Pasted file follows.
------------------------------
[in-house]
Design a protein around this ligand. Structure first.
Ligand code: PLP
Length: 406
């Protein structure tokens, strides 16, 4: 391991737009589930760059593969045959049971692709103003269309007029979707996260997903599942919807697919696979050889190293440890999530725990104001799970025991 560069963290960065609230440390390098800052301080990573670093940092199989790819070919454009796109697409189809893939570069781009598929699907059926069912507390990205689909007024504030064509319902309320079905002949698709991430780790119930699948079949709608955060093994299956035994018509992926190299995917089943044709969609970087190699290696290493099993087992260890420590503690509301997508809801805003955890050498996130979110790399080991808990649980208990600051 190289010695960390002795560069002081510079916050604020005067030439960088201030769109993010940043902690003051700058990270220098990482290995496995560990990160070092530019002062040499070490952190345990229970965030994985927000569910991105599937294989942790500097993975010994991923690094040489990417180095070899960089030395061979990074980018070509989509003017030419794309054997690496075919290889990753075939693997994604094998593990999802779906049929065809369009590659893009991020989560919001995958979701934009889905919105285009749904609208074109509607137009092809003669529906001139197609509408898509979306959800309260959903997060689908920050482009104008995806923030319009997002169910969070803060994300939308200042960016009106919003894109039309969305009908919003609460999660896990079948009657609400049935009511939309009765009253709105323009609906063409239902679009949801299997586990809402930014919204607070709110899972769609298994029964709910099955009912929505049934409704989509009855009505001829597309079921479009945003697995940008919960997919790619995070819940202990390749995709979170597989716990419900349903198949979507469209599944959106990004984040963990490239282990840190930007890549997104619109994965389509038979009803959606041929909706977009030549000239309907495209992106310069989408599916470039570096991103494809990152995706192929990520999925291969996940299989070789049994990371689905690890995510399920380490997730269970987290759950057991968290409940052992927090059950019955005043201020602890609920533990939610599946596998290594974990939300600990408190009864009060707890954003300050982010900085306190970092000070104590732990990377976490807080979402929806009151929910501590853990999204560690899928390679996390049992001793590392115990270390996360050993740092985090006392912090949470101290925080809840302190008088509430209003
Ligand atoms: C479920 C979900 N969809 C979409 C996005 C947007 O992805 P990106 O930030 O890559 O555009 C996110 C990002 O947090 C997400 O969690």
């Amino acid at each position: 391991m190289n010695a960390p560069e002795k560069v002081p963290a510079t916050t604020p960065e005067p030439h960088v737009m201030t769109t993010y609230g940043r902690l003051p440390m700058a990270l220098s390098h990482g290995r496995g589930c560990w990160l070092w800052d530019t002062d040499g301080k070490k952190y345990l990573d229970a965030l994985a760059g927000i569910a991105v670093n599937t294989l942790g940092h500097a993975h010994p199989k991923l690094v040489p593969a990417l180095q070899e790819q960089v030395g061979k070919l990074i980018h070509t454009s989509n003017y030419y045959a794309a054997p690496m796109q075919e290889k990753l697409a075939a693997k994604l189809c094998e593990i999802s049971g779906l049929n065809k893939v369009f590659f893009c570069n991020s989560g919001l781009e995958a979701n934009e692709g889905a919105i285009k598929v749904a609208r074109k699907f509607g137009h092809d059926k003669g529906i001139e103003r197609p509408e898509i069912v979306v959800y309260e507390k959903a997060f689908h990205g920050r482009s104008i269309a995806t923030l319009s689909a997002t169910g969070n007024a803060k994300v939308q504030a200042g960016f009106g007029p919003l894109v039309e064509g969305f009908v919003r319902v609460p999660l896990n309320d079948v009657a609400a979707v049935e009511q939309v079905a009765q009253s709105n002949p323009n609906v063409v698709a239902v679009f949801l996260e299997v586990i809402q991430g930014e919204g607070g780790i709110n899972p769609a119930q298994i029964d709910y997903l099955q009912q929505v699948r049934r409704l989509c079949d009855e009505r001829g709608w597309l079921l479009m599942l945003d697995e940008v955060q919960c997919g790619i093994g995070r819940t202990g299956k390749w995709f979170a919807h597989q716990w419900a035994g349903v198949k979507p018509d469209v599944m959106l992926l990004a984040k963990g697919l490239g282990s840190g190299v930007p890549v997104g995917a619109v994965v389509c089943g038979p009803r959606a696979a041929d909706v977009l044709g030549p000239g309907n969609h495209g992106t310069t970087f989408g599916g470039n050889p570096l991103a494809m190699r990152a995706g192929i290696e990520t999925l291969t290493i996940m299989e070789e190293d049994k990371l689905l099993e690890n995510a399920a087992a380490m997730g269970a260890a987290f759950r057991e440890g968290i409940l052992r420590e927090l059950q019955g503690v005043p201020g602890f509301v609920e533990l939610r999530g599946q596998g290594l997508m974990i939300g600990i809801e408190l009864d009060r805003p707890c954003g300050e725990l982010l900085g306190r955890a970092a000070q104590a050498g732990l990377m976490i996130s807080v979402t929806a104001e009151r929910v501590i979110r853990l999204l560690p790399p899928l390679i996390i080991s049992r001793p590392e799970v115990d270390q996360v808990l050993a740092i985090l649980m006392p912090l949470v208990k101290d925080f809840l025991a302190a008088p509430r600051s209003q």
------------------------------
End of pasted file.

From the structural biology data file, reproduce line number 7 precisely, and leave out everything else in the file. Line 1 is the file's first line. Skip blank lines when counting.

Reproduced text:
């Amino acid at each position: 391991m190289n010695a960390p560069e002795k560069v002081p963290a510079t916050t604020p960065e005067p030439h960088v737009m201030t769109t993010y609230g940043r902690l003051p440390m700058a990270l220098s390098h990482g290995r496995g589930c560990w990160l070092w800052d530019t002062d040499g301080k070490k952190y345990l990573d229970a965030l994985a760059g927000i569910a991105v670093n599937t294989l942790g940092h500097a993975h010994p199989k991923l690094v040489p593969a990417l180095q070899e790819q960089v030395g061979k070919l990074i980018h070509t454009s989509n003017y030419y045959a794309a054997p690496m796109q075919e290889k990753l697409a075939a693997k994604l189809c094998e593990i999802s049971g779906l049929n065809k893939v369009f590659f893009c570069n991020s989560g919001l781009e995958a979701n934009e692709g889905a919105i285009k598929v749904a609208r074109k699907f509607g137009h092809d059926k003669g529906i001139e103003r197609p509408e898509i069912v979306v959800y309260e507390k959903a997060f689908h990205g920050r482009s104008i269309a995806t923030l319009s689909a997002t169910g969070n007024a803060k994300v939308q504030a200042g960016f009106g007029p919003l894109v039309e064509g969305f009908v919003r319902v609460p999660l896990n309320d079948v009657a609400a979707v049935e009511q939309v079905a009765q009253s709105n002949p323009n609906v063409v698709a239902v679009f949801l996260e299997v586990i809402q991430g930014e919204g607070g780790i709110n899972p769609a119930q298994i029964d709910y997903l099955q009912q929505v699948r049934r409704l989509c079949d009855e009505r001829g709608w597309l079921l479009m599942l945003d697995e940008v955060q919960c997919g790619i093994g995070r819940t202990g299956k390749w995709f979170a919807h597989q716990w419900a035994g349903v198949k979507p018509d469209v599944m959106l992926l990004a984040k963990g697919l490239g282990s840190g190299v930007p890549v997104g995917a619109v994965v389509c089943g038979p009803r959606a696979a041929d909706v977009l044709g030549p000239g309907n969609h495209g992106t310069t970087f989408g599916g470039n050889p570096l991103a494809m190699r990152a995706g192929i290696e990520t999925l291969t290493i996940m299989e070789e190293d049994k990371l689905l099993e690890n995510a399920a087992a380490m997730g269970a260890a987290f759950r057991e440890g968290i409940l052992r420590e927090l059950q019955g503690v005043p201020g602890f509301v609920e533990l939610r999530g599946q596998g290594l997508m974990i939300g600990i809801e408190l009864d009060r805003p707890c954003g300050e725990l982010l900085g306190r955890a970092a000070q104590a050498g732990l990377m976490i996130s807080v979402t929806a104001e009151r929910v501590i979110r853990l999204l560690p790399p899928l390679i996390i080991s049992r001793p590392e799970v115990d270390q996360v808990l050993a740092i985090l649980m006392p912090l949470v208990k101290d925080f809840l025991a302190a008088p509430r600051s209003q």